Automatic and controlled processes in the regulation of daily health-related behavior

Sedentary time is a health risk factor distinct from physical inactivity. On average, people spend between six and eight hours per day in sedentary behaviors. It is not well understood why people spend more or less time sedentary. Recent theoretical approaches suggest that health behavior is regulated via two different pathways: controlled and automatic processes. It can be assumed that sedentary behaviors are regulated to a large extent automatically in daily life as these behaviors are often ‘invisible’, they are a subcomponent of actions such as working, talking, reading etc. The aim of the research project is to investigate the role of automatic processes in the regulation of sedentary behavior. In a first step, two studies will investigate 1) the relationship between automatic evaluations of sitting vs. standing with the behavioral choice of sitting vs. standing and 2) the role of automaticity in regulating daily sitting episodes using and ambulatory assessment design.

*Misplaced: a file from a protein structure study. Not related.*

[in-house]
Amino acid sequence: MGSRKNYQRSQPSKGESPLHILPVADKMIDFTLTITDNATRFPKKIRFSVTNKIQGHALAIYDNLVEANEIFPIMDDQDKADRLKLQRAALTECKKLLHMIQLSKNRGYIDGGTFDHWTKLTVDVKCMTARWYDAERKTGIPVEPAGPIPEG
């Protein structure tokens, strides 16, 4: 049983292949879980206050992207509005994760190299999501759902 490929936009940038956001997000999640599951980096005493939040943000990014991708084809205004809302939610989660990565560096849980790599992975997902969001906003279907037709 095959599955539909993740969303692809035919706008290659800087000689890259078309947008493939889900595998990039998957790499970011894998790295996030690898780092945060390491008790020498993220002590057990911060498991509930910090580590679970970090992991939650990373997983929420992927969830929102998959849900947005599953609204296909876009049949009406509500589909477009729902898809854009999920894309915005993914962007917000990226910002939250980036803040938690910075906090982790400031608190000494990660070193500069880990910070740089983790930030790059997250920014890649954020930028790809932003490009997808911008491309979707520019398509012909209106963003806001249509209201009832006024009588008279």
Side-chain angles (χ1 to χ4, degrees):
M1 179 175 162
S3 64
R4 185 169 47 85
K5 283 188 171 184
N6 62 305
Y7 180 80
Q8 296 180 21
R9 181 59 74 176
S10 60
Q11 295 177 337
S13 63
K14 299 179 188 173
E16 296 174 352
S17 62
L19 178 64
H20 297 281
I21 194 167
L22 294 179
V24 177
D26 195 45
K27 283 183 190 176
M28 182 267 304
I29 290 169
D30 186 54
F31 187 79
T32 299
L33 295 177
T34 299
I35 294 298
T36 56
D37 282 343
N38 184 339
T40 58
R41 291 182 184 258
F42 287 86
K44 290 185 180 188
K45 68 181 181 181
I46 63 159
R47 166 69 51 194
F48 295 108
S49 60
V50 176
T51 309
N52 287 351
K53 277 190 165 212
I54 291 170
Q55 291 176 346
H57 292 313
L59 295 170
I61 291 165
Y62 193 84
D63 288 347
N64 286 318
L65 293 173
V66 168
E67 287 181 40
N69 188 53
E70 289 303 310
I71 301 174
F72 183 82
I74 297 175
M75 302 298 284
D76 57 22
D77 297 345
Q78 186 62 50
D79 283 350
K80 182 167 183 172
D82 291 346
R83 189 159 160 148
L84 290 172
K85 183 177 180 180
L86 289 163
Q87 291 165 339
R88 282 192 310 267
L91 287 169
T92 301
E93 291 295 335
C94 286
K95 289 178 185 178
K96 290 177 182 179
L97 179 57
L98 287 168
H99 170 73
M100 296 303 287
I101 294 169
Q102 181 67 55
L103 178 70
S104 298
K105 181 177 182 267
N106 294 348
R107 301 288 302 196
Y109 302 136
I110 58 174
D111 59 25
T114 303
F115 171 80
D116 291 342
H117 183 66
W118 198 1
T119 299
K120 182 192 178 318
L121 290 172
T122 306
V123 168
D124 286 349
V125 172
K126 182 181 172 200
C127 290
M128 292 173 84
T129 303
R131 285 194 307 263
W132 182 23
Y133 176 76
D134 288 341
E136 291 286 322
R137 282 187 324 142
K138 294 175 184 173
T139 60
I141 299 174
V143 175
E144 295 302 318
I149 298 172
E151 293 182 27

Project Team

Martina Kanning

Christina Niermann